The central government of the People’s Republic of China has indicated it will remove export tax rebates on 146 kinds of steel products starting this weekend, according to MySteel. The Beijing-based information service says the announcement was made April 28 by China’s Ministry of Finance and its State Taxation Administration.
Olivia Zhang of MySteel writes, “After a long wait and market speculation, China's governing bodies have finally announced the list of the steel products that will no longer enjoy any tax rebates when exporting, and the new measure will be applied to any Customs declaration forms that are dated on May 1 and afterwards, the joint statement explained briefly.”
Zhang says among the 146 products covered are carbon, alloy and stainless steel products, including hot-rolled, cold-rolled and galvanized steel. Also listed are some forms of tubes and pipes, bars and wire rods, steel rails and angles.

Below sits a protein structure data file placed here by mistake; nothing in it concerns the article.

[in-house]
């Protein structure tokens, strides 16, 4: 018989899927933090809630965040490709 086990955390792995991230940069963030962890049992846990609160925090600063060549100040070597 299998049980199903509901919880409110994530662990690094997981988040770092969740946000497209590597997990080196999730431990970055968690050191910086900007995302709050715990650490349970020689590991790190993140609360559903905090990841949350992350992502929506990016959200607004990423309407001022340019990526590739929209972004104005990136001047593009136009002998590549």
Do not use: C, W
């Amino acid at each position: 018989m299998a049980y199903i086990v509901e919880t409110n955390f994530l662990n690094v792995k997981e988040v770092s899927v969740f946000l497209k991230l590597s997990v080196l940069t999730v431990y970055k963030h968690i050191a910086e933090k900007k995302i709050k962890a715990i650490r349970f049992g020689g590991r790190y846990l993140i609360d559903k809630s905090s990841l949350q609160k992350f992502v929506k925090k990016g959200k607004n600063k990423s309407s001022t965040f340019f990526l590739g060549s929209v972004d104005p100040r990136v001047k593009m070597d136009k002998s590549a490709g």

At a mid-March Argus Media online event, that company’s Tim Hard mentioned the rebates as a factor that would have “an outsize effect on the global and regulatory” landscape in 2021.
Bloomberg, in an April 28 online article, describes the move as an effort by the Chinese government to “ramp up efforts to cut output and clean up one of the biggest carbon emitters” in the nation.
Slightly more than one year ago, in mid-March 2020 as China recovered from its bout with the COVID-19 virus, the government announced it was raising the export rebates on more than 1,000 steel products to from 10 to 13 percent, according to MySteel at that time.
China has been the world’s largest steel producer for many years, and in the last few years has made 1 billion metric tons or more steel. Although China is not a major exporter of steel to the United States, the amount it makes often stirs accusations of overcapacity by steelmaking trade associations in the U.S., Europe and elsewhere.
The official announcement (in Chinese) about the rebate cuts can be found on this web page.